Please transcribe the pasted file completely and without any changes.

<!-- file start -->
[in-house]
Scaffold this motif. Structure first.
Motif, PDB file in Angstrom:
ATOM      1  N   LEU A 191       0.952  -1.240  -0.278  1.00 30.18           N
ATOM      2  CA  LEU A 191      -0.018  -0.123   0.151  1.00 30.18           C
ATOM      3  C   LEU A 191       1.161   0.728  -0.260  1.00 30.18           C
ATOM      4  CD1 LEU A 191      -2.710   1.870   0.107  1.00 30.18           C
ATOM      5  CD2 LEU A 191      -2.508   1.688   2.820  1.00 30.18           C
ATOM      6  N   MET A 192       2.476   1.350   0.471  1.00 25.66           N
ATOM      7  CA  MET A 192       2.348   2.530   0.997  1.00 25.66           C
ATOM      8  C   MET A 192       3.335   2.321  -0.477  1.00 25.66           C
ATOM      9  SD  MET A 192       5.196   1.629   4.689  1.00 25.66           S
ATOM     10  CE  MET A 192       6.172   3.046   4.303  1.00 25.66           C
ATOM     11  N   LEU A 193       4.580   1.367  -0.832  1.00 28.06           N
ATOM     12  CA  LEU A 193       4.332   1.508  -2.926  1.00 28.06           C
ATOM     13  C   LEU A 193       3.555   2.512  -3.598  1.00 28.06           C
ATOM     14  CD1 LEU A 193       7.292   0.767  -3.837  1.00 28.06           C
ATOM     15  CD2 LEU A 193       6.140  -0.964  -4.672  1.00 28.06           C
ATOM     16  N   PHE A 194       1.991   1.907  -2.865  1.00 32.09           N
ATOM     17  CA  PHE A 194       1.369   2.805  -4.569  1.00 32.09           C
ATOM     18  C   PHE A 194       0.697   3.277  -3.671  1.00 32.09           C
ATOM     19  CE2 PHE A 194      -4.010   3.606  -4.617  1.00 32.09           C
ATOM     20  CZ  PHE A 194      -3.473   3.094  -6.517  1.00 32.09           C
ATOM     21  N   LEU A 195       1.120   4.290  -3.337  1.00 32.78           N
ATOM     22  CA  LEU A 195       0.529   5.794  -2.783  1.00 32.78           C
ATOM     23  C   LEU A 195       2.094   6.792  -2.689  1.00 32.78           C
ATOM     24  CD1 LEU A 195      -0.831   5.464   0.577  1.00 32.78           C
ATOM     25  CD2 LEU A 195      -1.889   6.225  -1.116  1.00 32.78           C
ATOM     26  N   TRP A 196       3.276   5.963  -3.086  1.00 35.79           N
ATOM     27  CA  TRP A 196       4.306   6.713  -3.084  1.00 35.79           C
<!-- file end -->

[in-house]
Scaffold this motif. Structure first.
Motif, PDB file in Angstrom:
ATOM      1  N   LEU A 191       0.952  -1.240  -0.278  1.00 30.18           N
ATOM      2  CA  LEU A 191      -0.018  -0.123   0.151  1.00 30.18           C
ATOM      3  C   LEU A 191       1.161   0.728  -0.260  1.00 30.18           C
ATOM      4  CD1 LEU A 191      -2.710   1.870   0.107  1.00 30.18           C
ATOM      5  CD2 LEU A 191      -2.508   1.688   2.820  1.00 30.18           C
ATOM      6  N   MET A 192       2.476   1.350   0.471  1.00 25.66           N
ATOM      7  CA  MET A 192       2.348   2.530   0.997  1.00 25.66           C
ATOM      8  C   MET A 192       3.335   2.321  -0.477  1.00 25.66           C
ATOM      9  SD  MET A 192       5.196   1.629   4.689  1.00 25.66           S
ATOM     10  CE  MET A 192       6.172   3.046   4.303  1.00 25.66           C
ATOM     11  N   LEU A 193       4.580   1.367  -0.832  1.00 28.06           N
ATOM     12  CA  LEU A 193       4.332   1.508  -2.926  1.00 28.06           C
ATOM     13  C   LEU A 193       3.555   2.512  -3.598  1.00 28.06           C
ATOM     14  CD1 LEU A 193       7.292   0.767  -3.837  1.00 28.06           C
ATOM     15  CD2 LEU A 193       6.140  -0.964  -4.672  1.00 28.06           C
ATOM     16  N   PHE A 194       1.991   1.907  -2.865  1.00 32.09           N
ATOM     17  CA  PHE A 194       1.369   2.805  -4.569  1.00 32.09           C
ATOM     18  C   PHE A 194       0.697   3.277  -3.671  1.00 32.09           C
ATOM     19  CE2 PHE A 194      -4.010   3.606  -4.617  1.00 32.09           C
ATOM     20  CZ  PHE A 194      -3.473   3.094  -6.517  1.00 32.09           C
ATOM     21  N   LEU A 195       1.120   4.290  -3.337  1.00 32.78           N
ATOM     22  CA  LEU A 195       0.529   5.794  -2.783  1.00 32.78           C
ATOM     23  C   LEU A 195       2.094   6.792  -2.689  1.00 32.78           C
ATOM     24  CD1 LEU A 195      -0.831   5.464   0.577  1.00 32.78           C
ATOM     25  CD2 LEU A 195      -1.889   6.225  -1.116  1.00 32.78           C
ATOM     26  N   TRP A 196       3.276   5.963  -3.086  1.00 35.79           N
ATOM     27  CA  TRP A 196       4.306   6.713  -3.084  1.00 35.79           C